Record drug bust amplifies need for social supports

MHRN calls for less focus on law enforcement

Katharina Maier, associate professor of criminal justice at the University of Winnipeg - Supplied photo

The largest drug bust in Prairie history is highlighting the local need for more drug-addiction and social supports in Manitoba.

Semi-truck driver Komalpreet Sidhu, 29, was arrested at the Boissevain port of entry on Jan. 14 while en route to Winnipeg. Authorities found 406 kilograms of methamphetamine in 200 individually wrapped packages hidden in suitcases inside the truck.

The illicit drugs have an estimated street value of more than $50.7 million, which is equivalent to about four million doses of meth, according to a news release from the Canada Border Services Agency.

Sidhu has been charged with importing meth and possession for the purpose of trafficking.

Although police have taken a large amount of drugs out of circulation, that may lead to more problems on the street level, Jonny Mexico, Winnipeg coordinator for the Manitoba Harm Reduction Network (MHRN), says.

“Any time that the drug supply gets destabilized, it doesn’t make things safer for folks,” they say. “Any time there are multiple large drug busts, we become very, very concerned about the safety of our relatives who use substances.”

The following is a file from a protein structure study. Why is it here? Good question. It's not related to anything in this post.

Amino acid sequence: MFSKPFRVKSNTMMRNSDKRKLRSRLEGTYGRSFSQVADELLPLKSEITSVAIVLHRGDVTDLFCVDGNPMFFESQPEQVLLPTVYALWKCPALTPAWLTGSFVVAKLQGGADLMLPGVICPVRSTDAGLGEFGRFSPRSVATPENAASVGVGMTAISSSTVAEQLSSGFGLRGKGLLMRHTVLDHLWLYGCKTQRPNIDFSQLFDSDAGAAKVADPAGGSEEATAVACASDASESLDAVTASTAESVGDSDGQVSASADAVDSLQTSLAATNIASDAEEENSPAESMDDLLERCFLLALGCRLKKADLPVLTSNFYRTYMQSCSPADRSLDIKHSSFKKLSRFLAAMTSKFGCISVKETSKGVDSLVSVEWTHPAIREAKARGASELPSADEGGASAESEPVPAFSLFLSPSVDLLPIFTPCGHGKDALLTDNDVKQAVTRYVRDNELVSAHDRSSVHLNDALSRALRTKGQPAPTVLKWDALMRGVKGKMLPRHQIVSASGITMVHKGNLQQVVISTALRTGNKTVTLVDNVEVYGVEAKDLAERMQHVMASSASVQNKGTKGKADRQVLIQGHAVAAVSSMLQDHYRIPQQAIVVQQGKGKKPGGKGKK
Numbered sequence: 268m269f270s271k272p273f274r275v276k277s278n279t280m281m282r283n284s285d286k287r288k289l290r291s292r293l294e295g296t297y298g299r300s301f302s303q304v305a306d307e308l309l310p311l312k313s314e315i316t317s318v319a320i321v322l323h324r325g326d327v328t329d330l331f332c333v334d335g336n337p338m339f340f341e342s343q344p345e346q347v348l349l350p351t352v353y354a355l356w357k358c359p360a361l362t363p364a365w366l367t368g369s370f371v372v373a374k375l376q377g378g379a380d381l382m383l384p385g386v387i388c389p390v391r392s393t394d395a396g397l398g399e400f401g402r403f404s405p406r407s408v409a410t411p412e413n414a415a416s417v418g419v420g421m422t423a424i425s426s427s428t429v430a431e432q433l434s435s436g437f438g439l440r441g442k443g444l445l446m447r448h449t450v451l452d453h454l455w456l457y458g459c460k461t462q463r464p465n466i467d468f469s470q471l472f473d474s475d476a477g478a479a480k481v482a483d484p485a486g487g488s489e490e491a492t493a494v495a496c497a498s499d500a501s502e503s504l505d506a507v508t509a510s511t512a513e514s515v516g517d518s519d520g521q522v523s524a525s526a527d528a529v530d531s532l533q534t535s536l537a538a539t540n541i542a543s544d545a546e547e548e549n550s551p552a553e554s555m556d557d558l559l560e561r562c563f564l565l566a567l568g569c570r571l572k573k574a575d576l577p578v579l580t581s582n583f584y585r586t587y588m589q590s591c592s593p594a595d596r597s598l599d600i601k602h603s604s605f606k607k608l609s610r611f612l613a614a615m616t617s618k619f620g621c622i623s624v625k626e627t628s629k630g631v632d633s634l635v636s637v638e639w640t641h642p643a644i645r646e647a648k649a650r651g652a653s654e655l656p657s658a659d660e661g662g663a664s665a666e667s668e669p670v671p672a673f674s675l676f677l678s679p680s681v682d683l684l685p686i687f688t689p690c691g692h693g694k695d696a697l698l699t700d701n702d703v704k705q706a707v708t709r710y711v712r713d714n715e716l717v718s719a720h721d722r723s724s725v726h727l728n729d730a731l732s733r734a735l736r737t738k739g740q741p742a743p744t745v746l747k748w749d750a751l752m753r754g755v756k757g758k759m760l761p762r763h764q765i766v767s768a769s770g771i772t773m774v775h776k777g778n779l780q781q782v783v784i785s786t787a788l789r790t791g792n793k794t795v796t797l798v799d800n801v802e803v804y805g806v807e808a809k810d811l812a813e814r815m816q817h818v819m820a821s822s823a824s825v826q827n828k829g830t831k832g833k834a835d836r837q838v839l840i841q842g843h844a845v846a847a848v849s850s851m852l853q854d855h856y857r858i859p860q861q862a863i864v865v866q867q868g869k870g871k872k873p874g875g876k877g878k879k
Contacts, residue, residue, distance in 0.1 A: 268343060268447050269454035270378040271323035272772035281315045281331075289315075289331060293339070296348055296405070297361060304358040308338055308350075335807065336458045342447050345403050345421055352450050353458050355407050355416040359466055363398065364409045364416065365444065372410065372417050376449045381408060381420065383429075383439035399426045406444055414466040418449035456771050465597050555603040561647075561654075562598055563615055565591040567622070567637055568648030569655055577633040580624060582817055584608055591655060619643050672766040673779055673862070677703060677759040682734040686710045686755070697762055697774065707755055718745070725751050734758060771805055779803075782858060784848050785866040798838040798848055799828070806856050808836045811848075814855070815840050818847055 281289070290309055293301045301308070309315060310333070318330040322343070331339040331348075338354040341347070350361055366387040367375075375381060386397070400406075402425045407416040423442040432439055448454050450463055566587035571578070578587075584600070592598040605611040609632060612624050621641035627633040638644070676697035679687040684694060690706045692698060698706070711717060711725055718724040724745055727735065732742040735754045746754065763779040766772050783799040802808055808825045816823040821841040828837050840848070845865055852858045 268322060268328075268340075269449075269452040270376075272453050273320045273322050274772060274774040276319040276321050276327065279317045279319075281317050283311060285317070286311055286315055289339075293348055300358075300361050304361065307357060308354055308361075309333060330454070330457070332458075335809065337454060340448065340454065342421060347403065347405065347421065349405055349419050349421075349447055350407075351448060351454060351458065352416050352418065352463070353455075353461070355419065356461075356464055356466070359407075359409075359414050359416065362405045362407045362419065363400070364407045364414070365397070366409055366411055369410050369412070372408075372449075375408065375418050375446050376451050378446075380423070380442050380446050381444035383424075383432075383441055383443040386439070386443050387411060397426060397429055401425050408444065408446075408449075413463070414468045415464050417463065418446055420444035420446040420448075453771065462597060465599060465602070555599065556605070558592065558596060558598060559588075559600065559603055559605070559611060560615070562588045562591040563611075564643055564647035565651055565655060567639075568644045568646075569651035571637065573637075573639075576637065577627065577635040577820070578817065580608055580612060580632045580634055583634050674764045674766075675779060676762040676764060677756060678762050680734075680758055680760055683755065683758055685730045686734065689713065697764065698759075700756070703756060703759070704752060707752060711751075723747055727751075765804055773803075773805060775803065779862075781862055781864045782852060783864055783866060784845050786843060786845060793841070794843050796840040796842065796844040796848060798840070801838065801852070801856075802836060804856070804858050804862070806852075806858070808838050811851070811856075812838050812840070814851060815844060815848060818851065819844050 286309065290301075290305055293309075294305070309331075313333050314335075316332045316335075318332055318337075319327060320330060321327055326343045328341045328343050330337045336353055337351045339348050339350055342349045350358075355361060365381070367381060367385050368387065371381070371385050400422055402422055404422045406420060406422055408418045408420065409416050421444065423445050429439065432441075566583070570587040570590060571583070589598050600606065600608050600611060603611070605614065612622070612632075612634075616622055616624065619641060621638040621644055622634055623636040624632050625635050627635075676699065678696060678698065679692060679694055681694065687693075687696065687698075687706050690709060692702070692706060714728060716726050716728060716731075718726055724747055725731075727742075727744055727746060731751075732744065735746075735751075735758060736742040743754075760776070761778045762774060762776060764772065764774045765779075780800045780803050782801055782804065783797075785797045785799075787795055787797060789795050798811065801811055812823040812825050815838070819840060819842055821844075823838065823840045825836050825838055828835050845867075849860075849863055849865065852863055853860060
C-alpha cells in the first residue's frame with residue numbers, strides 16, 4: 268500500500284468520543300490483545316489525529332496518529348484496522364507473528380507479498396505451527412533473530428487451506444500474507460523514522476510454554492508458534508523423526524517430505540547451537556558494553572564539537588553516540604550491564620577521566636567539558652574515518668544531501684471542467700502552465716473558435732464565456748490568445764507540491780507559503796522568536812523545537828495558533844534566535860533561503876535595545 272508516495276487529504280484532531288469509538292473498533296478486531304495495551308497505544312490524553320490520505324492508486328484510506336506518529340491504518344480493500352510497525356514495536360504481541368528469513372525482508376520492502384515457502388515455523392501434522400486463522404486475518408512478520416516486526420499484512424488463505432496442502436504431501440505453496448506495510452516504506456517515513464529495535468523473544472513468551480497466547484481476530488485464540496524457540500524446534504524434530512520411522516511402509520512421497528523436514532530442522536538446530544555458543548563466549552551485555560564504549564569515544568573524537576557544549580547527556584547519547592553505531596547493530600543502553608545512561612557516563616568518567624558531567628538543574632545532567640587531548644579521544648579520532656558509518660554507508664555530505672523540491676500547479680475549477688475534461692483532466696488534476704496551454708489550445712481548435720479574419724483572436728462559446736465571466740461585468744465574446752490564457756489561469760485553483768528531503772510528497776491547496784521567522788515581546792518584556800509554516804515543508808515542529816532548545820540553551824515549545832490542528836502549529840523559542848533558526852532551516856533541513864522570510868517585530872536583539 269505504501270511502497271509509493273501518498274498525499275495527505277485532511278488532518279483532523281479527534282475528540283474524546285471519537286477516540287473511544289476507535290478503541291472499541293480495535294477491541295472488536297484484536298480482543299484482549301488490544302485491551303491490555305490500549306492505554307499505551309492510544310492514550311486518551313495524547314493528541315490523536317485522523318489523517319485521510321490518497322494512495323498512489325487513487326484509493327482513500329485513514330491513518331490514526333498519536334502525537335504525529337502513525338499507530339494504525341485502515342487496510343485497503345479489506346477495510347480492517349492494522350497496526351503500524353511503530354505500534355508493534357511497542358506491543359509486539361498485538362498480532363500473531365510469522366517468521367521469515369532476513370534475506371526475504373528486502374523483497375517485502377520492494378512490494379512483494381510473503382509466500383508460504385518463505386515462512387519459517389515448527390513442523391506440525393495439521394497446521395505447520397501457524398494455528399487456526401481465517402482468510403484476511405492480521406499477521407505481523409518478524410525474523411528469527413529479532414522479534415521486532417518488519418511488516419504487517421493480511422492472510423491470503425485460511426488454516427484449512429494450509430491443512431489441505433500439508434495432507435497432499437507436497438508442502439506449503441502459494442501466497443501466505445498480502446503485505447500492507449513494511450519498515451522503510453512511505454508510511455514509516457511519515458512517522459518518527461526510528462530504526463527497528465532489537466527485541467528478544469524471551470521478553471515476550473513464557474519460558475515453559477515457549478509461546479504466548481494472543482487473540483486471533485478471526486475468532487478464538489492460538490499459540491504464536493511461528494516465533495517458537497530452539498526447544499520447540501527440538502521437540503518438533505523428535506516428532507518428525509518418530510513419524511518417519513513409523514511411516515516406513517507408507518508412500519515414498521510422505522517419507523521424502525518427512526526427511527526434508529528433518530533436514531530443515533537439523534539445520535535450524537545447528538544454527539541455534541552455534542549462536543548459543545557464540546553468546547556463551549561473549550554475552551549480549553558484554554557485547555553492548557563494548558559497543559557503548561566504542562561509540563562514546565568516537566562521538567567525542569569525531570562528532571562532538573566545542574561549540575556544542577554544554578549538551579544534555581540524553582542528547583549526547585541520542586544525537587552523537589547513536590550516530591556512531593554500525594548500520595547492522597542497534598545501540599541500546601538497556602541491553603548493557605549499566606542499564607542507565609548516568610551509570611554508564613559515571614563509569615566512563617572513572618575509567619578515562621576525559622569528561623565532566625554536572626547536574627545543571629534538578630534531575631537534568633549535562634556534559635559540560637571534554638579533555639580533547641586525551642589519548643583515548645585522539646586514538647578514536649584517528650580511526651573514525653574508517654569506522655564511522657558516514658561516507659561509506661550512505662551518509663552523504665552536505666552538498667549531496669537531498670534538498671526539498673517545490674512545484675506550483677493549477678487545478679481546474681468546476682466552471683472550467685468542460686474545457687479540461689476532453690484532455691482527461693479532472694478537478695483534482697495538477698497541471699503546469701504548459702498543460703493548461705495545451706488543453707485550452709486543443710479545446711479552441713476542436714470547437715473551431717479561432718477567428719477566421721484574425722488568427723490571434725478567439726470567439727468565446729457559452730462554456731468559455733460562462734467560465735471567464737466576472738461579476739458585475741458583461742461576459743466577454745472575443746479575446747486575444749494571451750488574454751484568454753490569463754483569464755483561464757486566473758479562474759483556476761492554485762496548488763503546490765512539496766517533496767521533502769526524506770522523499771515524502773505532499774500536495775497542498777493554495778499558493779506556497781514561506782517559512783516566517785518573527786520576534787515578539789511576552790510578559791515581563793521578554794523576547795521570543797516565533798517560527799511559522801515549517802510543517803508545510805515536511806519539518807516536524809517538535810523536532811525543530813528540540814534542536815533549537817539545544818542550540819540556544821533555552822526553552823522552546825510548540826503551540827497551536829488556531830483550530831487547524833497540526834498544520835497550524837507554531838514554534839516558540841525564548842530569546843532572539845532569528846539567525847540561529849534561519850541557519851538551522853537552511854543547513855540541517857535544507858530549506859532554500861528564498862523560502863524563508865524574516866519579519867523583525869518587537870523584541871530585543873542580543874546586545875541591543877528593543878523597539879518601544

When people who use drugs can’t access the substance they normally use, or it becomes too expensive, they may turn to other, less-familiar substances. That puts them at a higher risk of overdose, Mexico says.

In addition, the toxicity of drugs could increase.

Between January and October 2023, 355 Manitobans died from drug overdose, according to preliminary data from the Office of the Chief Medical Examiner. In 2022, there were 418 substance-related deaths in the province.

During the COVID-19 pandemic, Mexico says the drug supply was disrupted, and MHRN responded to more overdoses during that time.

Instead of focusing on large-scale drug busts, Mexico says MHRN wants to see substances like meth decriminalized to allow those who use drugs access to a safe legal supply.

Katharina Maier, associate professor of criminal justice at the University of Winnipeg, shares Mexico’s concerns.

“We know that Manitoba and Canada are facing a severe drug-toxicity crisis that is impacting our most marginalized communities. It’s important for law enforcement to focus on tackling large-scale drug operations and drug busts to tackle the supply side,” she says.

“At the same time, we need to keep in

mind that so long as there is demand for drugs, there’s going to be supply.”

Outside of law enforcement, Maier says there needs to be a focus on providing treatment options for when people are ready to decrease or stop their drug use.

She adds that putting resources into affordable housing, mental- and physical-health supports and access to food is a crucial component to fighting the opioid crisis.

“Just because some drugs are stopped from entering the streets doesn’t mean other ones (won’t) enter the streets, which could be potentially more toxic, laced, cut and cause harm on the street,” Maier says.

Published in Volume 78, Number 18 of The Uniter (February 15, 2024)

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